But it’s been seven years I’ve toiled and laboured for you and this company, and I’ve never made a peep about these ridiculous tasks. But on January 30 2015, you didn’t just give me one, but too many reasons in fact, to never see you in the same light ever again. When I witnessed the extent of wickedness you had inside you when our ex-designer left, I couldn’t say I didn’t already have an idea of what would hit me when I decide to leave. But I was naïve enough to think it would be different because I played all my cards of employee loyalty while I worked for you, and I thought it was enough. I couldn’t be more wrong. As I write this, I am but barely surviving all the hostility and nasty chatter that have overtaken me, thanks to you (and the existence of Whatsapp chat rooms, unfortunately). As I write this, I am in that phase of fighting against every thing you are, and everything that you have intentionally set in my path to break me as I serve my two months of notice. As I write this, I find myself desperately coveting the prayers of people I never thought I would need prayer from. But above all, as I write this, I realise you are everything that I do not want to ever become.
Superior 1, this is you — vile, malicious, intemperate, proud, deceitful, hypocritical, short sighted, and unjust. And sometimes, people can see how bad you try to be like Superior 2, who has earned for herself honest respect and regard, but try as you may, you will never be like her. Don’t crave the kind of employer-employee relationship that Superior 2 keeps even after her employees have left, because you don’t deserve them, and you don’t know how to appreciate them anyway. The only thing that you have superseded Superior 2 at is being a foul blabbermouth.
I remember the time you asked me to tell you three things you could work on to be a better boss. I know, sounds almost unbelievable that a person like you would ask me this, right? Anyway, I recall telling you that you should channel your generosity to those who deserve it. I told you that you also needed to correct those who need correction, and learn to give praise where it is due too. That was the only one I seem to care to remember, but my point is, it’s so typical of you to ask for an opinion but never actually taking time to sleep on it. As a person who is so short sighted to refuse correction, how do you even bring yourself to think yourself fit as a role model to your team?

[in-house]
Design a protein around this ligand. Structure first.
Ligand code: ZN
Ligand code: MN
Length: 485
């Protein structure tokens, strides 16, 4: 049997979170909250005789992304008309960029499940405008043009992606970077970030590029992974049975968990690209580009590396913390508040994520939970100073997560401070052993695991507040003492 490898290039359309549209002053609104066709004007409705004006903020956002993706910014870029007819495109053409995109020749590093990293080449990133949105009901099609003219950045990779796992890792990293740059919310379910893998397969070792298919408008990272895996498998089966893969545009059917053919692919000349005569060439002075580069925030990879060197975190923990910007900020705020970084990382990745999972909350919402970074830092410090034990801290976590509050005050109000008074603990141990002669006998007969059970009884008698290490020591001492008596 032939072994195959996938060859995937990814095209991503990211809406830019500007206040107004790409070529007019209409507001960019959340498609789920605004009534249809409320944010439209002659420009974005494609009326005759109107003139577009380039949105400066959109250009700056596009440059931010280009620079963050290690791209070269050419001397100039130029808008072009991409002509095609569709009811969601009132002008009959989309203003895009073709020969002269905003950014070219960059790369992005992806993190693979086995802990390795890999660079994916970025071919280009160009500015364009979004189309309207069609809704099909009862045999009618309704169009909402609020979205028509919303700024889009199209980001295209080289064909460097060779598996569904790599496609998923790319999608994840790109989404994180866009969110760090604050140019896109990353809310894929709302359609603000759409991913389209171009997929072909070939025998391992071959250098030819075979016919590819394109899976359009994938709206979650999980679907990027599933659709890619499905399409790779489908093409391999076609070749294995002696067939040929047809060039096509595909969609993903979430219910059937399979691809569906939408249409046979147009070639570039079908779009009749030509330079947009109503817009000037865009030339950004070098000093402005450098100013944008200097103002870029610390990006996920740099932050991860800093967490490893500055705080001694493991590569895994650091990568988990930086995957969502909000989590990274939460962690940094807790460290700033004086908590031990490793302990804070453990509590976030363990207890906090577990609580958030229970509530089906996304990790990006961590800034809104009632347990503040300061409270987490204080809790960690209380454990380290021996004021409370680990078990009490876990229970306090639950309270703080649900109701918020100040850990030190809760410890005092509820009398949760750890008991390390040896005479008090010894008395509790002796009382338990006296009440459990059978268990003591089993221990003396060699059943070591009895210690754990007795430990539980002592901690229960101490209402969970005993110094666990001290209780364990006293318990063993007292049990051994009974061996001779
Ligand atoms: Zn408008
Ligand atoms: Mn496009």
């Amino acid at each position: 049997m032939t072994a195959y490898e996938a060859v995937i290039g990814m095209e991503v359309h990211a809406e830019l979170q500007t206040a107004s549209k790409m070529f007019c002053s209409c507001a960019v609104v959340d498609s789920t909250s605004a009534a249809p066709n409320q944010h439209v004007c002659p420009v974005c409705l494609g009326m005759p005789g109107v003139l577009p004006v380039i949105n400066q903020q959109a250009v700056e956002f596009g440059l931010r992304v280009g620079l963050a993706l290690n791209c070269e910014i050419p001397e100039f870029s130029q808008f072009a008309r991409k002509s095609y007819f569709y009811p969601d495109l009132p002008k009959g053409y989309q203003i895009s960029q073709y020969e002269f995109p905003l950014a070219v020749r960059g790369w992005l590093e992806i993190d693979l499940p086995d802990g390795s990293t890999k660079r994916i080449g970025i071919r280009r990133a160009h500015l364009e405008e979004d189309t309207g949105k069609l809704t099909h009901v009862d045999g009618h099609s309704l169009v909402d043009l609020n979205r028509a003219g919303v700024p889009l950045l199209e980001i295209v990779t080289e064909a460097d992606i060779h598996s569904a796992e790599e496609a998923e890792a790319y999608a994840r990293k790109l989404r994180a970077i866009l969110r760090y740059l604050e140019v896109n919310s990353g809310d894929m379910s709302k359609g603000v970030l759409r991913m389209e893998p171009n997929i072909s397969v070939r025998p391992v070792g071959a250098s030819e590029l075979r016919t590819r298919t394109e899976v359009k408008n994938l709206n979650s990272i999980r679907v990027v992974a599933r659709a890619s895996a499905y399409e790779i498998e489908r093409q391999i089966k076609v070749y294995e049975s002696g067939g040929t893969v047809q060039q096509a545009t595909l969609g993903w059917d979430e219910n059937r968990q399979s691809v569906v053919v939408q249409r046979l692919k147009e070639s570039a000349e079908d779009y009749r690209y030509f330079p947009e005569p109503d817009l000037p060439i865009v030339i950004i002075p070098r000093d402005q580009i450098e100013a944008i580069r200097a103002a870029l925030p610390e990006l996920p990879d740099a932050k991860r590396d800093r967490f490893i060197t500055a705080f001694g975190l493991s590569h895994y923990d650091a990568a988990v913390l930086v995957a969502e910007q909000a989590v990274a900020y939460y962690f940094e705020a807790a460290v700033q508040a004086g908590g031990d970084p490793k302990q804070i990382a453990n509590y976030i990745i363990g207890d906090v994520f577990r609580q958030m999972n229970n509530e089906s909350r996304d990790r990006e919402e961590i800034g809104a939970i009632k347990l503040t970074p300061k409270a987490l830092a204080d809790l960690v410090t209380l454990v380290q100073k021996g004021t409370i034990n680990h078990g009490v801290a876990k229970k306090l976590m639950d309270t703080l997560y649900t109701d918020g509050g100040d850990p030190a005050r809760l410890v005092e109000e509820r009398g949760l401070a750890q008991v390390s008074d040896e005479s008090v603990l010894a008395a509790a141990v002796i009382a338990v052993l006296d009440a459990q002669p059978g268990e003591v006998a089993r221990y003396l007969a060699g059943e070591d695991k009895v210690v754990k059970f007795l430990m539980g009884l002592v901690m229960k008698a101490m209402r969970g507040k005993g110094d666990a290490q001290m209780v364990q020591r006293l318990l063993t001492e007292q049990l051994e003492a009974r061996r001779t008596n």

I can say without a doubt that you are neither a leader, nor a mentor. You are an empty vessel.
Someone asked me if I ever feared getting into trouble should you chance upon my blog. I think I do. I think that fear is inevitable, but secretly, I kind of hope you’d actually come to reading this. You’d probably serve me a lawyer’s letter like you did this other ex-designer of ours, and I’ll probably take it down. We all know the drill.
You are only as good as your team, Superior 1. To you, everyone is dispensable. And unfortunately for me, it took me seven years — too long, in fact — to realise that you are just as dispensable. I have lost all respect for you as a person. Frankly, I am just short of wishing the worst things to befall you, only because that would be me, stooping to your unscrupulous ways. Instead, I thank you for showing me the person that I don’t want to become. Thank you for being the asshole that I never knew existed, and reminding me never to judge a book by its cover. Thank you for putting me through all this drama. I choose to think you are doing me a favour and toughening me up for the office politics I was told of to exist only in larger corporations like the one I’m off to. It’s really funny how you’d think your company is without politics when you are the only reason it actually exists though.
If there were one thing you were right about when we spoke at my review, it would be that the new corporation I’d soon be part of would be nothing like my current workplace.